• information, IT managers can stop paying for unused licenses or redeploy them for new employeesinstead of buying new licenses.Hardware inventories serve other purposes. First, companies need to know what they own, difficultwithout a formal program. A complete hardware inventory should locate “lost” computer equipmentthat may have been plugged in a closet and forgotten about.Once all the hardware is accounted for, the enterprise can plot an asset management strategy forwhat to do with aging equipment. For example: • A high-end server in the data center being replaced with new hardware might be repurposed as a desktop machine rather than buying a new desktop. • A “ghost” asset that exists on the books but is never located in the hardware inventory might have software licenses associated with it. Stop paying for those licenses. • Move obsolete PCs out of storage—which the company pays for and where the computers are losing value over time—and refurbish, reuse, sell, recycle or donate them. In Europe, IT manufacturers are required by law to take back old equipment for recycle, and similar rules may be coming to the U.S. Proper handling of end-of-life PCs is also a Green best practice.5. Leverage the power of the communityYou can’t know everything about every issue that comes up in your work life. Reach out to colleaguesat other companies informally, through user groups or discussion boards and community sites such asAppdeploy.com.In a June 2007 survey of IT professionals, King Research found that 93% of participants believe they dotheir jobs more efficiently and save time by using online IT communities. Clearly efficiency and savingtime carry cost benefits. The King survey, which elicited 203 responses from IT workers in a broadrange of job functions, found these estimates of time saved by using online IT communities: • 43% save 1-3 hours per week • 37% saved 3 hours or more each week • 13% less than an hour per weekCommunity-based support and learning come cheaper than formal training courses, especially thosethat require travel, or the use of paid support. The point is not to avoid all training—Web-basedtraining eliminates travel costs, but to supplement where it makes sense.6. Enable remote managementWithout remote management, managing machines at branch or home offices can be expensive.Systems managers need a way to service and manage remote computers that don’t require an ITemployee to touch them. Without remote management, productivity plummets for systems managers.Remote management is most useful for fixes such as those being done at after hours. This is true aswell for simple fixes such as changing settings or helping users with issues that would normally requirean IT professional to be physically in front of a machine.Remote management is useful in many scenarios such as the city government in Franklin, Tenn. Thecity uses 10 FTEs in IT to support 500 employees across 12 departments and locations. That includesabout 50 systems for its critical 911 communications application. “With automation, updates now take6 Copyright © 2011 The FactPoint Group and Dell KACE. All rights reserved.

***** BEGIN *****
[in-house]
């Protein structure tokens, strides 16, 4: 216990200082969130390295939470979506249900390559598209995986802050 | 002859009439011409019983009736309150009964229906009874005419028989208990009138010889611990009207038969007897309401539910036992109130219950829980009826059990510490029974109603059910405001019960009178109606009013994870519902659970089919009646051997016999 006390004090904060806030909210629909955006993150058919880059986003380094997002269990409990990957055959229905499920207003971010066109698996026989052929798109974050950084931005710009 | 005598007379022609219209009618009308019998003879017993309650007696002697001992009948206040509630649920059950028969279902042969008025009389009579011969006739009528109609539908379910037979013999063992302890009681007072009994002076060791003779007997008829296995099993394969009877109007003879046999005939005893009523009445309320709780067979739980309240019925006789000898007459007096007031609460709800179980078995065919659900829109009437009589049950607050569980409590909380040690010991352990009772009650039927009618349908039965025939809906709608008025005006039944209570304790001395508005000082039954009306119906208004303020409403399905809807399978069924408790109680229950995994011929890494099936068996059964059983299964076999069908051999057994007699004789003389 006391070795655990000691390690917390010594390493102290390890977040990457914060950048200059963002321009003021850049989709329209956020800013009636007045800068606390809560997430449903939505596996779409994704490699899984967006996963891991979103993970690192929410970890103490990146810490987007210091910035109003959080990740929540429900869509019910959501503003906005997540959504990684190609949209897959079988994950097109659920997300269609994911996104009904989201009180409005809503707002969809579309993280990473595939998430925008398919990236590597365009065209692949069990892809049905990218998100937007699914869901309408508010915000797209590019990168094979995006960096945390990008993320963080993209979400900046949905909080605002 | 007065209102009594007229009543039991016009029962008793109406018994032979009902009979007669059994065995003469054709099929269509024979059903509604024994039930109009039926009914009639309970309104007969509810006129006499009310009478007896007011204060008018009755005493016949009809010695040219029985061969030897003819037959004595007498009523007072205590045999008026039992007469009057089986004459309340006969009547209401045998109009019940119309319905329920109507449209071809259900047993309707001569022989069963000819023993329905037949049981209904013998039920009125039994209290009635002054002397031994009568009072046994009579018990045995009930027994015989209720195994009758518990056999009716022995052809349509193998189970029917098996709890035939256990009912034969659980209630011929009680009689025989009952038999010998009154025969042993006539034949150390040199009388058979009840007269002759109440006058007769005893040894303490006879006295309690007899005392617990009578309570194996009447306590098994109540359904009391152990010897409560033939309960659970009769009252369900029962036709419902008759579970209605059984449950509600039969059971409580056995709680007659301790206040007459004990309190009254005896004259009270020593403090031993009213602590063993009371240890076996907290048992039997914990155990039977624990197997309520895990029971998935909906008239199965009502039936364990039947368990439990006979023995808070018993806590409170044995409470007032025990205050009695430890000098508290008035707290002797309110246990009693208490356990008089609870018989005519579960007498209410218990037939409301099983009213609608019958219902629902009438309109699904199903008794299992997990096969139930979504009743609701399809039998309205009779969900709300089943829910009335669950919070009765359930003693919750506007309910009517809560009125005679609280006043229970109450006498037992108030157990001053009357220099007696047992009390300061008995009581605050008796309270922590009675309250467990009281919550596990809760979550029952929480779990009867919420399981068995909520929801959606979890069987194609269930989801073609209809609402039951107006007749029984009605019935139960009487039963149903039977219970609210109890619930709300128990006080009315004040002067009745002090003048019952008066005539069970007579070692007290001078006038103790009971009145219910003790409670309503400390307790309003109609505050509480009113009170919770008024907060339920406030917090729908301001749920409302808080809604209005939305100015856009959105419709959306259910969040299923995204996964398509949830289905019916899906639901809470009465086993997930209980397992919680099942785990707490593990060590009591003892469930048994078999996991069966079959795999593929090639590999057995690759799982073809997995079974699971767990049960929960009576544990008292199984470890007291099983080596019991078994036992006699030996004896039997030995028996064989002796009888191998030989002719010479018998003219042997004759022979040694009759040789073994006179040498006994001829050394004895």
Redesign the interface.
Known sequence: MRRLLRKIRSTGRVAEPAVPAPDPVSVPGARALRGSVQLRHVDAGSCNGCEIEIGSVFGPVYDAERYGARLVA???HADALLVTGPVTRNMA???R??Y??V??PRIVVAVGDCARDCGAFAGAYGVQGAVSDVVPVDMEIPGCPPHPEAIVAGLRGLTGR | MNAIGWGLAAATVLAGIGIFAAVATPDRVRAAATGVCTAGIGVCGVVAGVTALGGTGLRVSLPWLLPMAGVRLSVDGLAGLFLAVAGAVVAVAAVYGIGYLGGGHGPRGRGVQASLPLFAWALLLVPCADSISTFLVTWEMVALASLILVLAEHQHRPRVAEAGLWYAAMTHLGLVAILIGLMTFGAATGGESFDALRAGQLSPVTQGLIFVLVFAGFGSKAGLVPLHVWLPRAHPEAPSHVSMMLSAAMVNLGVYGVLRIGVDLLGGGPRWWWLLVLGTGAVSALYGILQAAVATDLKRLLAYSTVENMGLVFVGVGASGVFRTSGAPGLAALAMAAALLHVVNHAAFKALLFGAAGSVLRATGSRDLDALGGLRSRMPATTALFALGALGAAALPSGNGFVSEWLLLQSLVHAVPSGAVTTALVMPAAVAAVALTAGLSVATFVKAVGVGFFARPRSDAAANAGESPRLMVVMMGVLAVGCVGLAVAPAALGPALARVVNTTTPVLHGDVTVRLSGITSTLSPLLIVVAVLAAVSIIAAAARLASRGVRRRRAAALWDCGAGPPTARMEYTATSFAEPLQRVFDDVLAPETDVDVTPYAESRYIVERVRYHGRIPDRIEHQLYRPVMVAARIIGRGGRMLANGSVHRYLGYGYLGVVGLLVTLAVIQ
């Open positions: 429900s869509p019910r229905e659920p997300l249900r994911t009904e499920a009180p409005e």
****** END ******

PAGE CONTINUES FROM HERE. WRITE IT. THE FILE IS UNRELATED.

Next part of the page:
• about 10 minutes each, versus 2-3 days for getting around to all the locations,” said Jason Potts,network administrator for the City.7. Automate common systems management tasksDaily tasks such as software deployment, inventory, and patch management can all be automated withthe right systems management solution. Systems managers don’t want to devote limited IT staff toroutine activities. Their goal is to free administrators to pursue higher-value activities that can improvethe bottom line, not just deploying and keeping the desktops running.Research by Enterprise Management Associates (EMA) in 2006 demonstrates how automation cansave even more for patch management and other aspects of systems management. In a survey of200-plus companies with mixed operating environments (85% with fewer than 100 servers), EMAdocumented these savings for automated vs. manual administration: • Operating systems provisioning: Manual process took as much as 200 minutes vs. 65 minutes with automation. • Application deployment: Manual process took up to 260 minutes vs. 130 minutes with automated tools. • Patch management: Manual process took as much as 31 minutes per system per week vs. 16 minutes with automated tools. • Virus and spyware management: Manual process as much as 23 minutes per system per week vs. 4 minutes with automated tools.8. Adopt an integrated approach to systems managementPiecemeal purchases of point products—one for inventory, one for asset management, another forpatch management, another for trouble tickets, etc.—cost too much and take too much of an ITadministrator’s time. Too often point products result in “swivel-chair integration,” meaning thatsomeone, most often a systems admin, takes data from one point management product and rekeys(or pastes) them into another software application. It’s the antithesis of automation.With an integrated approach to systems management, data moves easily from one application toanother, eliminating the swivel-chair approach. That’s far less labor-intensive (and thus cheaper) andless error-prone than relying on people to move the data. With an integrated solution, systemsmanagers can reduce both license costs and management time.9. Seek vendor financing on favorable termsSystems managers may not focus on vendor financing, but it could help get the purchase approved bythe finance department. With tight credit, vendors still want to sell products. In fall 2008, SAP andothers (including Microsoft) announced 0% financing deals for purchases, although that rate isavailable only to their best customers. Don’t be afraid to ask your vendors about help with financing—they want to sell products, so let them know that financing will help their cause.10. Leverage appliancesUsing virtual or hardware appliances simplifies deployment of new software tools. Appliances surfacedfirst in the network security market, where they are common way to deliver security applications.Market research firm IDC, in its September 2008 Western European Quarterly Security ApplianceTracker reportnotes that appliances “can lower costs, ease administrative overheads, facilitate7 Copyright © 2011 The FactPoint Group and Dell KACE. All rights reserved.